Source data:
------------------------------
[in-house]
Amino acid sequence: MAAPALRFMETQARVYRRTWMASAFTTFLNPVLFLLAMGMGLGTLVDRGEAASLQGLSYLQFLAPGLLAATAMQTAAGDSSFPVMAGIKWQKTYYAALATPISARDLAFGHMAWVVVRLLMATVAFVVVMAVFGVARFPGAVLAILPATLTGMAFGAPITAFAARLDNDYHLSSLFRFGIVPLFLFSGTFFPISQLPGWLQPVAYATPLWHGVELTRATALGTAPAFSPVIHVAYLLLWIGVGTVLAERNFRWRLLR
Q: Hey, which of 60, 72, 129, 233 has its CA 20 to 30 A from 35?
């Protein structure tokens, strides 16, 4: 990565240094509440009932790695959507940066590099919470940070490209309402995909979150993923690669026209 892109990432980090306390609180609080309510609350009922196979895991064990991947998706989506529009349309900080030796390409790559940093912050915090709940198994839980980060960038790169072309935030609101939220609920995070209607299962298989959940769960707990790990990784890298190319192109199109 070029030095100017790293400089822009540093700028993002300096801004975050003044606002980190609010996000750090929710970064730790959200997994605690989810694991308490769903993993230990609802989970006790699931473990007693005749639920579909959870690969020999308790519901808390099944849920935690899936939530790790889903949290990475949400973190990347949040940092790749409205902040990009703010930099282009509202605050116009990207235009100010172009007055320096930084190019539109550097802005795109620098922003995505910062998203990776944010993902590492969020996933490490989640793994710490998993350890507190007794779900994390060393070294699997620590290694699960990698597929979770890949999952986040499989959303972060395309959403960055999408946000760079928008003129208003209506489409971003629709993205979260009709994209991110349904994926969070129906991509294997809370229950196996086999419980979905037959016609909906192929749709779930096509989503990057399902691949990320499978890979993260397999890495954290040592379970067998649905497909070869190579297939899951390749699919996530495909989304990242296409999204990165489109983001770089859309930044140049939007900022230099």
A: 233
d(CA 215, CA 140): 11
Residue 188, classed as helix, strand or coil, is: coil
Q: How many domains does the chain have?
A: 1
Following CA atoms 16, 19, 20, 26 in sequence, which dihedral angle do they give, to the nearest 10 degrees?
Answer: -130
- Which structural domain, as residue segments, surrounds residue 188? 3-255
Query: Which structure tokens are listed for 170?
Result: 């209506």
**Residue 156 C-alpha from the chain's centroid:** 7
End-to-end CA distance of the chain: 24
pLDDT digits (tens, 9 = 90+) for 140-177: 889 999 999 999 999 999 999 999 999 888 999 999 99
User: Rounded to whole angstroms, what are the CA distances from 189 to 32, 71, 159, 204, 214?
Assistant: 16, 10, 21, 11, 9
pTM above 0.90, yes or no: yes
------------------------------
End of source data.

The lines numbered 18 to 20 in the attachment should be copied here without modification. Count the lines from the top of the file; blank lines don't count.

User: Rounded to whole angstroms, what are the CA distances from 189 to 32, 71, 159, 204, 214?
Assistant: 16, 10, 21, 11, 9
pTM above 0.90, yes or no: yes